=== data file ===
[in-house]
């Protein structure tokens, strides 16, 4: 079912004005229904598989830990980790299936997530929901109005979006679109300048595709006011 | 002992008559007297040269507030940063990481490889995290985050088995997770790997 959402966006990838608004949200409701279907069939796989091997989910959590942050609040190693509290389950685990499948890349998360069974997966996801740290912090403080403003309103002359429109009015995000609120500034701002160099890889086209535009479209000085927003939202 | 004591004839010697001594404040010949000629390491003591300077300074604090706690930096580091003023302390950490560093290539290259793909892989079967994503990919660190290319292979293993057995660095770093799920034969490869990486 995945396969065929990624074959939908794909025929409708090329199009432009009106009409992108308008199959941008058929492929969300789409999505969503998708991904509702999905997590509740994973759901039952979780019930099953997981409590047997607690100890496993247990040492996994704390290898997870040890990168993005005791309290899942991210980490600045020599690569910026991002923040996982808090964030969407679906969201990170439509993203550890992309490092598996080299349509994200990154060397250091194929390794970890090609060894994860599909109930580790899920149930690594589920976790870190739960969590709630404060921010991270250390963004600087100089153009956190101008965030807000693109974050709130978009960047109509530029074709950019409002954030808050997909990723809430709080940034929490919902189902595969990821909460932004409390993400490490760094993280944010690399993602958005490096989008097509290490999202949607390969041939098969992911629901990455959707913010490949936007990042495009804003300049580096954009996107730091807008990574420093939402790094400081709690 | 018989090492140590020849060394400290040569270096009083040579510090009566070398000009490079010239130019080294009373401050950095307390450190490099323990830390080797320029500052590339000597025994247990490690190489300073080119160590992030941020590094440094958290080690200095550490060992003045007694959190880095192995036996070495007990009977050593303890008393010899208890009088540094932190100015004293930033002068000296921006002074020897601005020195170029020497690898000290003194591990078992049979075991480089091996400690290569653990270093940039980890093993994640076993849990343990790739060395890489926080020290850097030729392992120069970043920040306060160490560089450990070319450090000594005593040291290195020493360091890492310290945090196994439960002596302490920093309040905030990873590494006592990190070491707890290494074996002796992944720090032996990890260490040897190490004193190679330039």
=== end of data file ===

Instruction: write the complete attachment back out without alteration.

[in-house]
């Protein structure tokens, strides 16, 4: 079912004005229904598989830990980790299936997530929901109005979006679109300048595709006011 | 002992008559007297040269507030940063990481490889995290985050088995997770790997 959402966006990838608004949200409701279907069939796989091997989910959590942050609040190693509290389950685990499948890349998360069974997966996801740290912090403080403003309103002359429109009015995000609120500034701002160099890889086209535009479209000085927003939202 | 004591004839010697001594404040010949000629390491003591300077300074604090706690930096580091003023302390950490560093290539290259793909892989079967994503990919660190290319292979293993057995660095770093799920034969490869990486 995945396969065929990624074959939908794909025929409708090329199009432009009106009409992108308008199959941008058929492929969300789409999505969503998708991904509702999905997590509740994973759901039952979780019930099953997981409590047997607690100890496993247990040492996994704390290898997870040890990168993005005791309290899942991210980490600045020599690569910026991002923040996982808090964030969407679906969201990170439509993203550890992309490092598996080299349509994200990154060397250091194929390794970890090609060894994860599909109930580790899920149930690594589920976790870190739960969590709630404060921010991270250390963004600087100089153009956190101008965030807000693109974050709130978009960047109509530029074709950019409002954030808050997909990723809430709080940034929490919902189902595969990821909460932004409390993400490490760094993280944010690399993602958005490096989008097509290490999202949607390969041939098969992911629901990455959707913010490949936007990042495009804003300049580096954009996107730091807008990574420093939402790094400081709690 | 018989090492140590020849060394400290040569270096009083040579510090009566070398000009490079010239130019080294009373401050950095307390450190490099323990830390080797320029500052590339000597025994247990490690190489300073080119160590992030941020590094440094958290080690200095550490060992003045007694959190880095192995036996070495007990009977050593303890008393010899208890009088540094932190100015004293930033002068000296921006002074020897601005020195170029020497690898000290003194591990078992049979075991480089091996400690290569653990270093940039980890093993994640076993849990343990790739060395890489926080020290850097030729392992120069970043920040306060160490560089450990070319450090000594005593040291290195020493360091890492310290945090196994439960002596302490920093309040905030990873590494006592990190070491707890290494074996002796992944720090032996990890260490040897190490004193190679330039």